One of the most fun things there is in making bread is slashing it right before you put it in the oven. Besides the foaming yeast and the growing dough, this is where you can really see how alive the dough is. When you make the slashes, the bread opens up like the San Andreas fault. With some flour topping it off -- heaven.
I think I maybe made too many slashes too close together, because my bread came out with nubbins hanging out on top. It was just so fun to do though. And I actually enjoyed plucking them off and crunching them in my gaping maw.
Anyway, the bread came out delicious. Paul Hollywood would say it needed another 3 minutes in the oven, since the inside, while done, was only just done. It was just what you could want in a regular white bread loaf: it had a tight crumb, a springy texture, a chompy crust (is that a descriptor?), and a mild taste. It was soft thanks to the butter, and even better thanks to the salted butter I slathered on top of it (butta' is betta').
Much as I hate bread, I didn't hate this challenge. But I think GBBO is starting me out easy. Next week, we stop being polite and start getting real.
Paul Hollywood's Crusty Cob Loaf
makes 1 loaf
500 grams (1 pound, 1 ounce) BREAD FLOUR
40 grams (1.5 ounces) SOFTENED BUTTER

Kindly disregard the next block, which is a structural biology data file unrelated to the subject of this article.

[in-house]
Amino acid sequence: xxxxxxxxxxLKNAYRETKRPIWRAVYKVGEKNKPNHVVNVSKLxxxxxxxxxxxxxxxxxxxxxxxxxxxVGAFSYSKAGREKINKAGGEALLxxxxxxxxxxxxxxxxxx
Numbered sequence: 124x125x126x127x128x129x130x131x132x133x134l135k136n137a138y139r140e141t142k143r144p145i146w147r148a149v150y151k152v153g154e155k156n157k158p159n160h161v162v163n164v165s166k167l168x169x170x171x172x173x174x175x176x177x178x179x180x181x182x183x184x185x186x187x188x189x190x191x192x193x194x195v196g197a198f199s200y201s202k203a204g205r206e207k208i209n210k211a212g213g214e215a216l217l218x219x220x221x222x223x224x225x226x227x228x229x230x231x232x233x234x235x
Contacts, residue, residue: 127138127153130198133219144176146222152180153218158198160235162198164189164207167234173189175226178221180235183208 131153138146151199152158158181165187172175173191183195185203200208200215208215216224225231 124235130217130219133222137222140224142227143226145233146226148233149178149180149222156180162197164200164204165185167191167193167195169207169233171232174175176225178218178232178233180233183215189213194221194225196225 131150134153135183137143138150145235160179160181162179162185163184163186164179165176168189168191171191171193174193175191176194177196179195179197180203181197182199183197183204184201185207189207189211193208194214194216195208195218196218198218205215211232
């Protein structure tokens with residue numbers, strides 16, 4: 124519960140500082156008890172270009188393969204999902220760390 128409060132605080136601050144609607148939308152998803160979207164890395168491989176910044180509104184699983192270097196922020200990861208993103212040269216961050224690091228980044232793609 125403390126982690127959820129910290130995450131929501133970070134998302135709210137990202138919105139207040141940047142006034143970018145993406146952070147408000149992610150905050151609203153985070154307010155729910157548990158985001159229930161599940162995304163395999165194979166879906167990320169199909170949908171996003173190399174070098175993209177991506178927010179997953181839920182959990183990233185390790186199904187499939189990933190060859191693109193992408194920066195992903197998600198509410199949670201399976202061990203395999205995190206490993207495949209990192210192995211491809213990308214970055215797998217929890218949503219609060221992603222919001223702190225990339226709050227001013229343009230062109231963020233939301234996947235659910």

12 grams (2 sachets) (3 teaspoons) ACTIVE DRY YEAST
10 grams (2 teaspoons) SALT
300 milliliters (1 1/4 cups) WARM WATER
1. Mix the YEAST with half of the WARM WATER in a bowl and leave for 10 minutes to activate -- it should get frothy and bubbly and smell yeasty
2. Put the FLOUR into a large mixing bowl and add the BUTTER and SALT
3. Add the yeast mixture and begin to turn the mixture with your fingers to combine
4. Continue to add the remaining water a little at a time, until you've picked up all the flour from the sides of the bowl -- you may not need to add all the water, you may need to add a little more (you're looking for a dough that is well-combined and soft, but not sticky or soggy)
5. Use a teaspoon of oil to lightly grease a clean work surface and begin kneading by folding the far edge to the middle, turning, and repeating until covered in dough
6. Knead more aggressively by pushing the dough out in one direction with the heel of your hand, then fold it back in on itself, turn, and repeat for 4-5 minutes until smooth and stretchy
7. Clean and oil your bowl and put the dough back into it, cover, and leave to proof until doubled, about 1 hour
8. Line a baking tray with parchment paper or a silicone mat
9. Knock the risen dough back, roll it up, turn, and repeat several times, then smooth into a round loaf shape
10. Place on the baking tray, cover, and proof again until doubled in size, about 1 hour
11. Preheat the oven to 425F, and put an empty pan in the bottom of the oven
12. Sprinkle some flour on top of the risen dough round, and use a sharp knife to make shallow cuts 1 centimeter deep in a diamond pattern across the top of the loaf
13. Put the loaf and tray in the middle of the oven, and pour cold water into the empty tray at the bottom, close the door quickly, and bake 30 minutes
14. The loaf is cooked when it's risen and golden, and sounds hollow when tapped underneath, cool on a wire rack
A personal challenge to conquer every technical challenge, and select signature bakes, from The Great British Bake Off